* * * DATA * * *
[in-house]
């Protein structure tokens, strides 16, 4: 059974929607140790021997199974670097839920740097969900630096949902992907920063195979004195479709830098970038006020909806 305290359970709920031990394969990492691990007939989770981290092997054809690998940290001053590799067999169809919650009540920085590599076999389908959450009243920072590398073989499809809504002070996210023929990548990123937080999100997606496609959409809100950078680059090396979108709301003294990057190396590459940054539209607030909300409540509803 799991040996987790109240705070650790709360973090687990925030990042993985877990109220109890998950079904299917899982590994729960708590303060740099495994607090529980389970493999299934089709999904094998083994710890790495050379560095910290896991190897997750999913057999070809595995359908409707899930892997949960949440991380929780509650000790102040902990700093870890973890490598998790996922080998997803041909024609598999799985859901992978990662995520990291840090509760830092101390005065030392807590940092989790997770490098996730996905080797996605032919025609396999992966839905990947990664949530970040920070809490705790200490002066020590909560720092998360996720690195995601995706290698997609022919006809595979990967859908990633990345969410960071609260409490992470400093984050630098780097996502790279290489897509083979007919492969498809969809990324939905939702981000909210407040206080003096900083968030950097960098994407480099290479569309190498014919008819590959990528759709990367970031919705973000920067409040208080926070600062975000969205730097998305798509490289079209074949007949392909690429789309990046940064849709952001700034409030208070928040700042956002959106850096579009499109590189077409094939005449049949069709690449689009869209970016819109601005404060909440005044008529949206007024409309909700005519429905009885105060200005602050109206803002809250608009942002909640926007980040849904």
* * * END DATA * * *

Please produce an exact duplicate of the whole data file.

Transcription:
[in-house]
């Protein structure tokens, strides 16, 4: 059974929607140790021997199974670097839920740097969900630096949902992907920063195979004195479709830098970038006020909806 305290359970709920031990394969990492691990007939989770981290092997054809690998940290001053590799067999169809919650009540920085590599076999389908959450009243920072590398073989499809809504002070996210023929990548990123937080999100997606496609959409809100950078680059090396979108709301003294990057190396590459940054539209607030909300409540509803 799991040996987790109240705070650790709360973090687990925030990042993985877990109220109890998950079904299917899982590994729960708590303060740099495994607090529980389970493999299934089709999904094998083994710890790495050379560095910290896991190897997750999913057999070809595995359908409707899930892997949960949440991380929780509650000790102040902990700093870890973890490598998790996922080998997803041909024609598999799985859901992978990662995520990291840090509760830092101390005065030392807590940092989790997770490098996730996905080797996605032919025609396999992966839905990947990664949530970040920070809490705790200490002066020590909560720092998360996720690195995601995706290698997609022919006809595979990967859908990633990345969410960071609260409490992470400093984050630098780097996502790279290489897509083979007919492969498809969809990324939905939702981000909210407040206080003096900083968030950097960098994407480099290479569309190498014919008819590959990528759709990367970031919705973000920067409040208080926070600062975000969205730097998305798509490289079209074949007949392909690429789309990046940064849709952001700034409030208070928040700042956002959106850096579009499109590189077409094939005449049949069709690449689009869209970016819109601005404060909440005044008529949206007024409309909700005519429905009885105060200005602050109206803002809250608009942002909640926007980040849904």